This past Saturday, the White House welcomed 250 middle and high school students from 17 Gay-Straight Alliances from D.C., Maryland, Virginia and Pennsylvania. These excited students came to the White House for a holiday open house tour just moments after the historic passage of the Don't Ask, Don't Tell Repeal Act. As I met the students one by one, they had a contagious energy and enthusiasm – they could not believe they were at the White House, experiencing such a historic moment with one another.
Brian Bond, Deputy Director of the Office of Public Engagement, personally extended this invitation to local GSA students because he wishes he could have “been so lucky growing up.” Gaining momentum in the late 1990’s, Gay-Straight alliances are student organizations found in middle schools, high schools, and on university campuses that intentionally foster safe space and community for lesbian, gay, bisexual, and transgender (LGBT) youth and their allies.
For the majority of the students present, this was their first time visiting the White House. They were touched by the groundbreaking legislation that just passed moments before in the Senate and by the fact that President Obama cares deeply about their futures. While waiting in line with the students, I was touched by their inspiring visions and by their powerful stories. Some students discussed being bullied in school as a result of their sexual orientation and their gender identity while other students experienced bullying because they have gay and lesbian parents. Some of these same students started an anti-bullying mentoring program at their school where they do workshops with elementary and middle school students to dispel common stereotypes that contribute to bullying. Leaders in their communities, these powerful students are making waves of powerful change while showing the world and one another that it does, indeed, get better.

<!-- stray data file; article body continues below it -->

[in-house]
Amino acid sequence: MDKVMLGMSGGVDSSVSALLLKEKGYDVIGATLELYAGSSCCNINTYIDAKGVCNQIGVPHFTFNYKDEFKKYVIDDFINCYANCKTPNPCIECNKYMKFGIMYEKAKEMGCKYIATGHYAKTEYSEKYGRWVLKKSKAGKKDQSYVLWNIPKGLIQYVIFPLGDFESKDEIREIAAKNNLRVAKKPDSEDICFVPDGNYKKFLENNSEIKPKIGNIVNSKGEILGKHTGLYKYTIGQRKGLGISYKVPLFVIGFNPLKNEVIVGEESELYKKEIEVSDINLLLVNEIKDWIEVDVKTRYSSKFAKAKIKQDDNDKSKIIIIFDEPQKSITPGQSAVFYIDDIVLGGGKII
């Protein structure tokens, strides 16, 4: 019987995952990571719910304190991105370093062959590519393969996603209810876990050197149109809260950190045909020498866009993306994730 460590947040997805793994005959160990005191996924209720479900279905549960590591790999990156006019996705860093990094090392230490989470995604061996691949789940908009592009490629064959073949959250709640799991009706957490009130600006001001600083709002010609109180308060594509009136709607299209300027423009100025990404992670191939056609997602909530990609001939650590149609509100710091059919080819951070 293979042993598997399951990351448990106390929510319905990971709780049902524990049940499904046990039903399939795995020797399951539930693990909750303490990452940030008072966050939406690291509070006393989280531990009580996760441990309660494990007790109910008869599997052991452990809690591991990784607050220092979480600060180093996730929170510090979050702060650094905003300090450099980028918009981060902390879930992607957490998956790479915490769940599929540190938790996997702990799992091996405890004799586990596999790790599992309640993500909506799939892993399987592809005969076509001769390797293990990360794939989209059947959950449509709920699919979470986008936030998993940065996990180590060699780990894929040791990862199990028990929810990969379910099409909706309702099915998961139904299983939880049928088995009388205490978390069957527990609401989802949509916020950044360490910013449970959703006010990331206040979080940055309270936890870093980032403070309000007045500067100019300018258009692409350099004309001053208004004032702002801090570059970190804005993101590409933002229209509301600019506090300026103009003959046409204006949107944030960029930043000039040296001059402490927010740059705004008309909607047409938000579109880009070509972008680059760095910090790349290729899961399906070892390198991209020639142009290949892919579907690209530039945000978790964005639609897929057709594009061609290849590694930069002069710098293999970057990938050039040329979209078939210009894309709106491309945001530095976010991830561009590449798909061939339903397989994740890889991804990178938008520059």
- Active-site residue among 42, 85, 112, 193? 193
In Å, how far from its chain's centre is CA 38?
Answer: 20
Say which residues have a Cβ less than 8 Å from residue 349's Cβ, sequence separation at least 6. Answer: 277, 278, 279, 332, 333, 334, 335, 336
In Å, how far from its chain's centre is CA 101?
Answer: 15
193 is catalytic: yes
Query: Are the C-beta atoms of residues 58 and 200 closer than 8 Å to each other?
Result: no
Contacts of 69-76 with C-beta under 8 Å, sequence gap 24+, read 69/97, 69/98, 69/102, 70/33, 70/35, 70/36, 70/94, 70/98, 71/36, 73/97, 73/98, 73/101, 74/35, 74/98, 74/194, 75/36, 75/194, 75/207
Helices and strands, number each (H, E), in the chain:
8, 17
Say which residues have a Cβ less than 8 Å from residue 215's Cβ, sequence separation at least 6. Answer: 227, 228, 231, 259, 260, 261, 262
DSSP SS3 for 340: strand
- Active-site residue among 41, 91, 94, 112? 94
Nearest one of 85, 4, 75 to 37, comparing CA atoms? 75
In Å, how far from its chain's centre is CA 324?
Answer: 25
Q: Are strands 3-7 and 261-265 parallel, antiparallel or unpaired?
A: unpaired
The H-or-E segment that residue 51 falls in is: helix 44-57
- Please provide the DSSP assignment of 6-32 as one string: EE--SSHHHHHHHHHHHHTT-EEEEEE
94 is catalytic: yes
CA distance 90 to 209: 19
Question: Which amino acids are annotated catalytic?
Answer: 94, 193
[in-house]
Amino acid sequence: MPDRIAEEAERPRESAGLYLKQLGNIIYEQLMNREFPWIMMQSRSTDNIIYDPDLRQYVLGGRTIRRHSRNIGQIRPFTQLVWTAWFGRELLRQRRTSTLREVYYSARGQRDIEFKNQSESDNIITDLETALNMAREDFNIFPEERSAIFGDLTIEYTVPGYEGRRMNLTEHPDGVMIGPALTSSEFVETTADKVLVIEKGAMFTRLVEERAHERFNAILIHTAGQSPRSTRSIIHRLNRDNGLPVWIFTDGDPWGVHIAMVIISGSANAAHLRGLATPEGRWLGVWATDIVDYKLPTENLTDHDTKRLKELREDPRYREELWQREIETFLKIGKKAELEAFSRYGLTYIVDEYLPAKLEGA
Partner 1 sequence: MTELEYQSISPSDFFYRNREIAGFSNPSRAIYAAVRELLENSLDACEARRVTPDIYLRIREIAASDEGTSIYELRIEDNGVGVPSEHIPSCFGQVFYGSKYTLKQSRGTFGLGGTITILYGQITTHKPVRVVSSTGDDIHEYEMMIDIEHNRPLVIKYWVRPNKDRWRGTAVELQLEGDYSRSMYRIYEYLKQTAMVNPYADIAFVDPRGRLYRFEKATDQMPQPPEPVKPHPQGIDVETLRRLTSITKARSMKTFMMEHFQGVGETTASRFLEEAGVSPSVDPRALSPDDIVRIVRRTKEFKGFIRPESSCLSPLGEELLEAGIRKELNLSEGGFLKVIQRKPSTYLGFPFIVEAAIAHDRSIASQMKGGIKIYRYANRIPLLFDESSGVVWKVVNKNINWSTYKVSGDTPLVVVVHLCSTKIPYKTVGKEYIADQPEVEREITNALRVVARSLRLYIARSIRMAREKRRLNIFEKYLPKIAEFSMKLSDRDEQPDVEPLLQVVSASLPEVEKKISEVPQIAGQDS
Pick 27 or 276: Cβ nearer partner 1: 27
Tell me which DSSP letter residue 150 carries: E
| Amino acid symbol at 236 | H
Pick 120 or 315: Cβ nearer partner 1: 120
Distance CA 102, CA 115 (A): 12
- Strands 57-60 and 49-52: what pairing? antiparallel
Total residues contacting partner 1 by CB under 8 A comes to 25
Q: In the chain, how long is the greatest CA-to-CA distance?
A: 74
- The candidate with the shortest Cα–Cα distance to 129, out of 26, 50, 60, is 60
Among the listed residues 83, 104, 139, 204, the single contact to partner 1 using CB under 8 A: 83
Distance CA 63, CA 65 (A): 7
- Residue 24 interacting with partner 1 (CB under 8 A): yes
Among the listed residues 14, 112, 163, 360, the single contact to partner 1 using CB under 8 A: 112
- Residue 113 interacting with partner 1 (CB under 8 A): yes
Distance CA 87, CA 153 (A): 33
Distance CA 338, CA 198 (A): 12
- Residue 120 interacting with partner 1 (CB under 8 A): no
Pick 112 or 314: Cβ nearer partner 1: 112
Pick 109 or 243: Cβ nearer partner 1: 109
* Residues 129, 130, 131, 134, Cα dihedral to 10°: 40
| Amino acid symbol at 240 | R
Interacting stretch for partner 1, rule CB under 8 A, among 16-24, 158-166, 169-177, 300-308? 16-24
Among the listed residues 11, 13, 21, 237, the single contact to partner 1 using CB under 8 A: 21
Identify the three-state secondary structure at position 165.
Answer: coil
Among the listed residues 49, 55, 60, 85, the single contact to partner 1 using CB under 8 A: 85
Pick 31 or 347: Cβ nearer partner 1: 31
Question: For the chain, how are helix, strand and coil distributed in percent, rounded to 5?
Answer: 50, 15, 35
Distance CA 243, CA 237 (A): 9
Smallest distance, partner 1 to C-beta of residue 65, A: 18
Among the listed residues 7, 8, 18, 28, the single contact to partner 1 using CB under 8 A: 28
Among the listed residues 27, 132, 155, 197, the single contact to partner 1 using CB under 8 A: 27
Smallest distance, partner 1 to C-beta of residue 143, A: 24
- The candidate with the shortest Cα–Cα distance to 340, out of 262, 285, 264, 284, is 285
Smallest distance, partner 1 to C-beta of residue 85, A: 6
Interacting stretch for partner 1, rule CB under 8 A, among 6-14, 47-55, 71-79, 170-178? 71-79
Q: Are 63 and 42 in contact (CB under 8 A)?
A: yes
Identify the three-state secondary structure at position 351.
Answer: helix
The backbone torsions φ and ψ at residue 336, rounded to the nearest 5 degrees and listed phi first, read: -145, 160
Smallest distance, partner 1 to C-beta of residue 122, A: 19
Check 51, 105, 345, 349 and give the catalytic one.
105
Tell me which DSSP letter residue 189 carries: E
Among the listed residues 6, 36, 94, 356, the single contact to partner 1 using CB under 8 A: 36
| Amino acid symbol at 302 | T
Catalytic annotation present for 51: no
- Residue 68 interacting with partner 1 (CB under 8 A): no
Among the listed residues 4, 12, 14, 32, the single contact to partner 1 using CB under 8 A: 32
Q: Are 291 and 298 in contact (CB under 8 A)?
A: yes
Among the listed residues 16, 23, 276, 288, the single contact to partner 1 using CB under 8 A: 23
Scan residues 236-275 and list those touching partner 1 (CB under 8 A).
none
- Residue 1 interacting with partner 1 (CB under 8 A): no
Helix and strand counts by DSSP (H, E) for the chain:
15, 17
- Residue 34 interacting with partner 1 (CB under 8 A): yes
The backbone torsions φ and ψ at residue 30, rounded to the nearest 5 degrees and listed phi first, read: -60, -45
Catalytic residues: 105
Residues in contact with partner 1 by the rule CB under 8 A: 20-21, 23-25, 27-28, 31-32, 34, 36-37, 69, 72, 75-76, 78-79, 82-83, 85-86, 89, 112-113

If you’re a young person who’s been bullied or harassed by your peers, or you’re a parent or teacher who knows a young person being bullied or harassed, here are a few resources that can help you:
The Trevor Project
The Trevor Project is determined to end suicide among LBGTQ youth by providing resources and a nationwide, 24 hour hotline. If you are considering suicide or need help, call: 866-4-U-TREVOR (866-488-7386).
BullyingInfo.org is a project of the Interagency Working Group on Youth Programs (IWGYP) focused on providing tools and resources for youth, parents, teachers and mental health providers to prevent and address bullying.
It Gets Better Project
President Obama’s video is just one of thousands of videos submitted by people across the country to inspire and encourage LGBT youth who are struggling. You can watch more videos at ItGetsBetterProject.com. Please click here to watch the "White House Staff: It Gets Better" video.
For even more information and resources visit or call:
Monique Dorsainvil is a Staff Assistant in the White House Office of Public Engagement